8. I said, the mediator must be not only able, but willing to make any sacrifice necessary in order to remove the obstacles out of the way of such reconciliation. The Atonement has been looked upon by many, as an incredible doctrine, and aside from right apprehensions of the moral character of God, it is altogether the most incredible thing in the universe. That God should consent to suffer for man, would beggar all credibility, but for the fact, that his whole moral character is love or benevolence. When this is well considered--and it is a truth taught by all the works, and all the ways of God--the doctrine of Atonement is altogether the most reasonable and credible doctrine that can be conceived. If He is benevolence, it is certain, that He must be disposed to exercise mercy. But if He is benevolence, it is also certain, that He would exercise mercy with a due regard to public justice, and upon such conditions as not to endanger his authority. If God is love, it must be certain, that if infinite wisdom could devise a plan, whereby the ends of public justice might be consistent with the offer of pardon, He would not hesitate to adopt that plan, although it might call Him to the exercise of great self-denial. If his suffering in their stead a less amount than must necessarily be inflicted upon them, would not only render it proper to offer them mercy, but would prevail to bring them to repentance and make them virtuous, his being love would render it certain, that such would be the course of conduct He would pursue. Christ, then, was not only able but willing to offer his human nature a sacrifice to public justice. His human nature being taken into union with his divine nature, became a part of Himself. His blood was, therefore, the blood of God. His Atonement was the Atonement of God, in offering up his human nature unto death, that He might give to man eternal life.
9. I said, the parties must consent that He should sustain to them this relation; or, in other words, that He should be consecrated to this office by consent of parties. The Father, who is the offended party, has nominated and sent forth his own Son, and proposed that He should act as Mediator between God and men. He has consented to accept what He has done as satisfactory on the part of the government of God, as wholly removing out of the way, on the part of the divine government, every objection to a universal offer of pardon to all that will repent and return to their duty. And now the question is submitted to you, to every sinner, whether you will consent on your part to receive Christ as your Mediator. This you are to do by faith. Are you willing to do it?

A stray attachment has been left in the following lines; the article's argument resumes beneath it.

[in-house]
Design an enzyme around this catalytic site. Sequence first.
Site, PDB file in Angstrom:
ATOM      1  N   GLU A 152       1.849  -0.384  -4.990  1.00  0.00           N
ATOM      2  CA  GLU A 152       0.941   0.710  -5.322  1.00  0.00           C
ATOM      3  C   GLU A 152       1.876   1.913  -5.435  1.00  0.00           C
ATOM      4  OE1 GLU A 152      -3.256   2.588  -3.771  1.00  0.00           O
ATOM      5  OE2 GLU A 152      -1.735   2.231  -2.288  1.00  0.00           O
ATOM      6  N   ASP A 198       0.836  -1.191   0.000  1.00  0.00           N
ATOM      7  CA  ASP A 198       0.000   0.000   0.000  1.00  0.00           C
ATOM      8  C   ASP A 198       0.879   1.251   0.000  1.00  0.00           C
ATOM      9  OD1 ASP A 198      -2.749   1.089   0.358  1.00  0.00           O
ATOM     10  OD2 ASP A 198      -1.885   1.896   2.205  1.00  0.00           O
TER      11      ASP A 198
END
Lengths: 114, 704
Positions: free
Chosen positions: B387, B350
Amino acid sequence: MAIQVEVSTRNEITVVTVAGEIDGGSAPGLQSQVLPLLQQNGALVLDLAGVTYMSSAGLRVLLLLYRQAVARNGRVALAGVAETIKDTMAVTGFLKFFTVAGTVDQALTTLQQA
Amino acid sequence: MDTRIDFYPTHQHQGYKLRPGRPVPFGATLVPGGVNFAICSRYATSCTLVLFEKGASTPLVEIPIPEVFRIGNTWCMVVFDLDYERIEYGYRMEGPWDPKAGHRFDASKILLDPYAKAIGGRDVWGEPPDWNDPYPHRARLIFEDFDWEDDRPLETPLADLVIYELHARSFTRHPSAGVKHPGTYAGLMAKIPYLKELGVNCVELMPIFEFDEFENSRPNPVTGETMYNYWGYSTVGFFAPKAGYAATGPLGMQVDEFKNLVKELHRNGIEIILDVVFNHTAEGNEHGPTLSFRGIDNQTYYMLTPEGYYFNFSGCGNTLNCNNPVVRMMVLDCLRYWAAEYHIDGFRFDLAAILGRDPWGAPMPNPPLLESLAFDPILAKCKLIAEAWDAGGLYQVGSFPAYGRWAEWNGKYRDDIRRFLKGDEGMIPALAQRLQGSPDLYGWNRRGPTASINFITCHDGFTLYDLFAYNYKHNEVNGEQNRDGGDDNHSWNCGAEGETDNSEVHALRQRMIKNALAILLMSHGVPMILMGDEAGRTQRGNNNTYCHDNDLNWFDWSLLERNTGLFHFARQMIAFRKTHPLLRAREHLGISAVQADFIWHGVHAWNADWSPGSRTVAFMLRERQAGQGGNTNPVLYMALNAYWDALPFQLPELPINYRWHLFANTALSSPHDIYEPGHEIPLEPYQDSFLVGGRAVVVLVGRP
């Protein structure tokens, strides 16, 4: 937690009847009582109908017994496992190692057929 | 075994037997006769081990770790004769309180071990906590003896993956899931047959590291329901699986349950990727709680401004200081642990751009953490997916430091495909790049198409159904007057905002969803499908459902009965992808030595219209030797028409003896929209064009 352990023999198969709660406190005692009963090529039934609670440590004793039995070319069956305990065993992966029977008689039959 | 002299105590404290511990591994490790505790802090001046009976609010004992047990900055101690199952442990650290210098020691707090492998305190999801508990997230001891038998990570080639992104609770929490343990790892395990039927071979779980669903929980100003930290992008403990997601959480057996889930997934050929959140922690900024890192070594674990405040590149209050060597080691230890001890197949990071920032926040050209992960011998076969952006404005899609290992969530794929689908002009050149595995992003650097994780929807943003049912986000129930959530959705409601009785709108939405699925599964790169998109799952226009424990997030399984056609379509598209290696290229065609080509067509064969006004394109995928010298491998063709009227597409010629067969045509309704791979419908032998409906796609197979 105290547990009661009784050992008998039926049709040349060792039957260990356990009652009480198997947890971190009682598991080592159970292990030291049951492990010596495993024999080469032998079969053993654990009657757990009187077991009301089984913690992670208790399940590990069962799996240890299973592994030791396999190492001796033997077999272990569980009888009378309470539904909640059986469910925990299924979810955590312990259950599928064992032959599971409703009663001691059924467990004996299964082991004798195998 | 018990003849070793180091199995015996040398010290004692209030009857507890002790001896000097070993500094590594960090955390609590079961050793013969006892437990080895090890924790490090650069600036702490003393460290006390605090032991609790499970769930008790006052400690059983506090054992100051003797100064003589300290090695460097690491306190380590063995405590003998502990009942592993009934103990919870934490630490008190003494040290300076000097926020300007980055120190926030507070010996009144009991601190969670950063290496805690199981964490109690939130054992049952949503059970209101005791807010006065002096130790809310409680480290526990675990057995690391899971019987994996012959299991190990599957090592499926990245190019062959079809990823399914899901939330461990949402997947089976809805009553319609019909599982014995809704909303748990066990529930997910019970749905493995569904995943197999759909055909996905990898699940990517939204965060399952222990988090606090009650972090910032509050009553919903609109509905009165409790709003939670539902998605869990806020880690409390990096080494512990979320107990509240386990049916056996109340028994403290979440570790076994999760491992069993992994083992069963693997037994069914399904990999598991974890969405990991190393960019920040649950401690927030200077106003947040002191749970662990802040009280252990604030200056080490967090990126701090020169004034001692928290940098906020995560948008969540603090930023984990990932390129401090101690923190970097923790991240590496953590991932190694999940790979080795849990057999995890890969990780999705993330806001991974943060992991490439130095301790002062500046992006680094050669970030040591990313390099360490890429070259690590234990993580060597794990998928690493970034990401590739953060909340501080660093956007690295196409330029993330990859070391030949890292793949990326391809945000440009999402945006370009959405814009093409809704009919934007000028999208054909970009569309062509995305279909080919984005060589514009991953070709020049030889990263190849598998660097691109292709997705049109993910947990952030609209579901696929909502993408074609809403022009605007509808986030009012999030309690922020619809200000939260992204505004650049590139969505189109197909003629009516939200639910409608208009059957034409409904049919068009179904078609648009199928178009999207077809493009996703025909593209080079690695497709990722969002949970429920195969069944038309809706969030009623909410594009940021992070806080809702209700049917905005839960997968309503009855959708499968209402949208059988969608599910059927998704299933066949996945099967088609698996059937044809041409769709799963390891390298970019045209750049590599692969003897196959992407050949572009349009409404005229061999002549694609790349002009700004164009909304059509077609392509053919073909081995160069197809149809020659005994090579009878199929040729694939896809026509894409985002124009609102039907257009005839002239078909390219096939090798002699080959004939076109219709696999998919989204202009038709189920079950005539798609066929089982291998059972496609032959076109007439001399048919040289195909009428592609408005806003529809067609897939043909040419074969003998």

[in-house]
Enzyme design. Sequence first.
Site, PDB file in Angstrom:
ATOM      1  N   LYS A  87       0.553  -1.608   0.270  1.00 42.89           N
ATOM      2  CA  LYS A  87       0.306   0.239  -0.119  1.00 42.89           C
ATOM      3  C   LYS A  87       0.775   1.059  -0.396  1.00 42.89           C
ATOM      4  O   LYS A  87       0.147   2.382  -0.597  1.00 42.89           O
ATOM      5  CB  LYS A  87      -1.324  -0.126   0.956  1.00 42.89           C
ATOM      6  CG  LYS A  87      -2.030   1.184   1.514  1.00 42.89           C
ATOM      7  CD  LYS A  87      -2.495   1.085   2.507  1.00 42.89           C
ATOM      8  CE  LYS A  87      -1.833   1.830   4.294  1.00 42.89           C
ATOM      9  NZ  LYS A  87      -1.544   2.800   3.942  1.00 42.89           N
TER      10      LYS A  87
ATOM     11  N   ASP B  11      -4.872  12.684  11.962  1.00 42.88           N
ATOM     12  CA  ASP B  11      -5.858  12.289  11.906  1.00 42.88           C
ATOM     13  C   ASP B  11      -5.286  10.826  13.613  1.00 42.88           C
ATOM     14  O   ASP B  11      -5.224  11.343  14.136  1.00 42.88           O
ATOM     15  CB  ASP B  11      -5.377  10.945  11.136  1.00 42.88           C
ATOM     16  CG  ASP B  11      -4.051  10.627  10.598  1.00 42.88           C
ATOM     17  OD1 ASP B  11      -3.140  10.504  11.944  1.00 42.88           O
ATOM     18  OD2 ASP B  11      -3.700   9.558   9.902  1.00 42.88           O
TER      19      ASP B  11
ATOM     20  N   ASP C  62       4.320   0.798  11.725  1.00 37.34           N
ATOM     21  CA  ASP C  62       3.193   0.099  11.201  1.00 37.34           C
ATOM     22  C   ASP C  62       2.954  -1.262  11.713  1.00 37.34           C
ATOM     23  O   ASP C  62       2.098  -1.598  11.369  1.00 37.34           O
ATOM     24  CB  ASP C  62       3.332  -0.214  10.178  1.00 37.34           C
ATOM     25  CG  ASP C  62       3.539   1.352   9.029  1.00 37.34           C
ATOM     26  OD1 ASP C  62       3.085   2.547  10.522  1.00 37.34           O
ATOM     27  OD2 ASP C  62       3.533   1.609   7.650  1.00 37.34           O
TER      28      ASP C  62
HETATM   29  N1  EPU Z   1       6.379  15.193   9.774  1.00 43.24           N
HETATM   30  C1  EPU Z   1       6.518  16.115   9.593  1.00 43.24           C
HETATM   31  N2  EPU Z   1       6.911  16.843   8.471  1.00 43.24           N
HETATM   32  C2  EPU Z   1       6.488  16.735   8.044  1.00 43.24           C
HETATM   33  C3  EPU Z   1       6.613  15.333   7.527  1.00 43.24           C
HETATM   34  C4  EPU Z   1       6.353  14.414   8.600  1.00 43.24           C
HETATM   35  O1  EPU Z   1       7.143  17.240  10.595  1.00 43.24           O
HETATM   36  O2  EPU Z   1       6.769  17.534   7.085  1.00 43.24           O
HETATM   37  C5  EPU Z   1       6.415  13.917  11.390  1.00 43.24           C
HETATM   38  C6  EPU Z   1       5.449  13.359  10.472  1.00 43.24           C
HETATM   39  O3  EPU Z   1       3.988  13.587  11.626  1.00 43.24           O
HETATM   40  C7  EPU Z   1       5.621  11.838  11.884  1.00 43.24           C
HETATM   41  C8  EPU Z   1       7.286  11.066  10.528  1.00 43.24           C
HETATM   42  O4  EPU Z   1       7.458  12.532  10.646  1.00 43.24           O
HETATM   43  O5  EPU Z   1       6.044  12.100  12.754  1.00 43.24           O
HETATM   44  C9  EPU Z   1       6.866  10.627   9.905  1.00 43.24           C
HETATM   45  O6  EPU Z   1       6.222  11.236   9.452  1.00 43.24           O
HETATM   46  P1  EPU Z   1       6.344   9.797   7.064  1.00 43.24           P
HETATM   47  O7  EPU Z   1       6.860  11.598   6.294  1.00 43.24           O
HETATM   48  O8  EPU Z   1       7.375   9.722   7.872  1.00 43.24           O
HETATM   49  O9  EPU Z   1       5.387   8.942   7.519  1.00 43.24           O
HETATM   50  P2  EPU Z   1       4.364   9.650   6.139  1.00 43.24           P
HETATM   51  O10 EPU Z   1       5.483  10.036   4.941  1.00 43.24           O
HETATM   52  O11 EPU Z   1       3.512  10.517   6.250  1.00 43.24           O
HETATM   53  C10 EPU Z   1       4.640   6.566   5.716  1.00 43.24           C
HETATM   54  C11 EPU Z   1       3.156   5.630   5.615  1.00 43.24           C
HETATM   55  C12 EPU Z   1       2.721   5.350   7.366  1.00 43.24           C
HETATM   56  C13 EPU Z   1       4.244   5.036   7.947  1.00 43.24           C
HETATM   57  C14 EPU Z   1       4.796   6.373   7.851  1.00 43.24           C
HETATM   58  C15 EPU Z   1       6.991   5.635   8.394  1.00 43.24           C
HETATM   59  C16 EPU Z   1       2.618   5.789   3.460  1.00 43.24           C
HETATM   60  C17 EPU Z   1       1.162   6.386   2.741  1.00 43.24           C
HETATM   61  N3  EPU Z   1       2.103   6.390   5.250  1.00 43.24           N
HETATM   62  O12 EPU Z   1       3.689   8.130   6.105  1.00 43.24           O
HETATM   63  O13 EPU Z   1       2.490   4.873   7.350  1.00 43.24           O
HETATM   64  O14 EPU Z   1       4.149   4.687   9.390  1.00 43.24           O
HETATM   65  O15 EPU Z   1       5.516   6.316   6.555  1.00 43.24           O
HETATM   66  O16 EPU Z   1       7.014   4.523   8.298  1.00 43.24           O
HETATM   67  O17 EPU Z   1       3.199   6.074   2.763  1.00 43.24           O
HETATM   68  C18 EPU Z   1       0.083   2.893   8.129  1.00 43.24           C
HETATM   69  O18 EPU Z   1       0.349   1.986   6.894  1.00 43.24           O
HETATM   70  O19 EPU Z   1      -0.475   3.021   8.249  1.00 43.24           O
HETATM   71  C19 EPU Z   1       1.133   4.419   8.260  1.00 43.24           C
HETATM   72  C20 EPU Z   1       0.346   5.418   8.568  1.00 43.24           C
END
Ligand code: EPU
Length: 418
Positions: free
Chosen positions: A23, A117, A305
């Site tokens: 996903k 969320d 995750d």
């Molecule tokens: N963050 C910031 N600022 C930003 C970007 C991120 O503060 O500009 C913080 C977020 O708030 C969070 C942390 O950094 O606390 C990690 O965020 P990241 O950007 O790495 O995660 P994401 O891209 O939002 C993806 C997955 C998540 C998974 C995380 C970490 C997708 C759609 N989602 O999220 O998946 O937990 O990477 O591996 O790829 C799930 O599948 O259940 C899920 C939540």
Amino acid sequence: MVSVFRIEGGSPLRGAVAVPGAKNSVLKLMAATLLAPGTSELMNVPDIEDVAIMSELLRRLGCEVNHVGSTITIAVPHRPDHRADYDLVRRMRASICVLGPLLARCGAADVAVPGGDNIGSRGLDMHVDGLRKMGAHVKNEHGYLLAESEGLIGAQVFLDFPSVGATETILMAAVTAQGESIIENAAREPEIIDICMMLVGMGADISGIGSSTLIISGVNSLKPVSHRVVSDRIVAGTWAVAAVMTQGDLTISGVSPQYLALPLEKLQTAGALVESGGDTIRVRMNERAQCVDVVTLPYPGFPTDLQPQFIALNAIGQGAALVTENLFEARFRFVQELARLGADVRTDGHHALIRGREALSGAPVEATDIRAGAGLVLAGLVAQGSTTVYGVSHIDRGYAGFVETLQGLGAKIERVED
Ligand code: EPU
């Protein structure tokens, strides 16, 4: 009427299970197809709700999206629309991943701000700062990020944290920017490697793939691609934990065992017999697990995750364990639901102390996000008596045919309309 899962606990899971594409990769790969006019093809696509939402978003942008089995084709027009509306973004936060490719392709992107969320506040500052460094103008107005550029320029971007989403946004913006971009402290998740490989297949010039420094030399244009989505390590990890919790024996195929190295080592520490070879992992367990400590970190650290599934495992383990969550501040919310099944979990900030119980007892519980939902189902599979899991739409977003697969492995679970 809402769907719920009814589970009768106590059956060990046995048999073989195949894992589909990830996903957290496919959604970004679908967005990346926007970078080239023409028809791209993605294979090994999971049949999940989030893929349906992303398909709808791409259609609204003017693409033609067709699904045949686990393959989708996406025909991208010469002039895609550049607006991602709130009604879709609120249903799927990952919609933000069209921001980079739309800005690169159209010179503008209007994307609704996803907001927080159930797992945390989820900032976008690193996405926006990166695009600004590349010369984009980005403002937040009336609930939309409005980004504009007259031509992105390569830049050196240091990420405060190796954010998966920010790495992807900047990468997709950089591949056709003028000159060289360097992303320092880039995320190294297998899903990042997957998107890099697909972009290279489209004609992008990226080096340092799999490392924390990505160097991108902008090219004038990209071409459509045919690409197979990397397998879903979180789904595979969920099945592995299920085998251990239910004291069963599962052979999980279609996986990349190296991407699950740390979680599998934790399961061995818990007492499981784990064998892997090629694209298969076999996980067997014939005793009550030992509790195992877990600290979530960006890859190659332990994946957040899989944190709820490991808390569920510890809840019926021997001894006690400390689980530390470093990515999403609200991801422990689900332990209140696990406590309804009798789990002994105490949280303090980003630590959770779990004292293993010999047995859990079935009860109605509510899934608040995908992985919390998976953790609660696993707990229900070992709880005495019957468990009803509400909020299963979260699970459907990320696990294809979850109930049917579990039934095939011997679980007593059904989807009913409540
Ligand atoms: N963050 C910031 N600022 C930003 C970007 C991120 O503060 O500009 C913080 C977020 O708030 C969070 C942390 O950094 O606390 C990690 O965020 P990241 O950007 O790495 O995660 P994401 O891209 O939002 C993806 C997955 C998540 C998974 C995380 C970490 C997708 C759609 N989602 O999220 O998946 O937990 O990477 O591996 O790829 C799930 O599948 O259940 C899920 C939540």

10. I said, that another condition, upon which the accomplishment of the great object of Christ depends, is the actual fulfillment of the conditions decreed by Him as indispensable to the effecting of this reconciliation. These are on your part, sinner:
(1.) Repentance, or an unqualified turning yourselves, both in heart and life, from all iniquity, and making a consecration of your whole being to God and his service for ever.
(2.) Faith in Christ's Atonement, as the foundation of your pardon and acceptance with God.
(3.) Your perseverance in holiness, or true obedience, to the end of life.
This is a summary statement of the indispensable conditions, upon the fulfillment of which depends your eternal salvation. And now what do you say? It is in vain for you to pretend to consent to the mediatorial office and character of Christ unless you consent to and fulfill the conditions imposed by Him upon you, as indispensable to your being justified through Him. This, I say, is a question for you to decide. No one can decide it for you. God, on his part, has consented. Christ as Mediator, has thrown the door wide open before you, and stands as a daysman between you and the throne of God. He, as it were, lays his hand on both the parties. The Father has committed to Him the adjustment of this difficulty, on the part of the divine government. Now will you commit to Him the keeping of your soul? Will you submit yourself to his government and control? Will you give your case into his hands, to be advocated, managed, and adjusted by Him? Will you consecrate your whole being to God, and from this time know, and prove by your own conduct, that the controversy between you and God is at an end? Now, therefore, "as an ambassador for Christ, I pray you, in Christ's stead, be ye reconciled to God."
1. In the light of this subject you see the disinterested love of Christ. O how infinitely wonderful, that He should consent to undertake such an office as this, fully knowing as He did the immense sacrifice to which it would call Him--the immense amount of shame, persecution, agony, and death; and for what? For Himself?--to promote some selfish interest? No! But from disinterested love to you and me. What an exhibition of self-denial, his whole life being only an accumulation of sufferings, reproach, ridicule, and opposition. How great his mental agonies must have been. In the midst of a world created by Him, and yet ruining themselves with their blasphemous opposition to Him!
2. From this subject you can see for what we are to trust Christ as Mediator:
(1.) We are to look to Him for sanctification, for that measure of grace that will thoroughly cleanse us from all our sins.
(2.) We are to look to Him for justification, that is, pardon and acceptance in respect to all our past sins.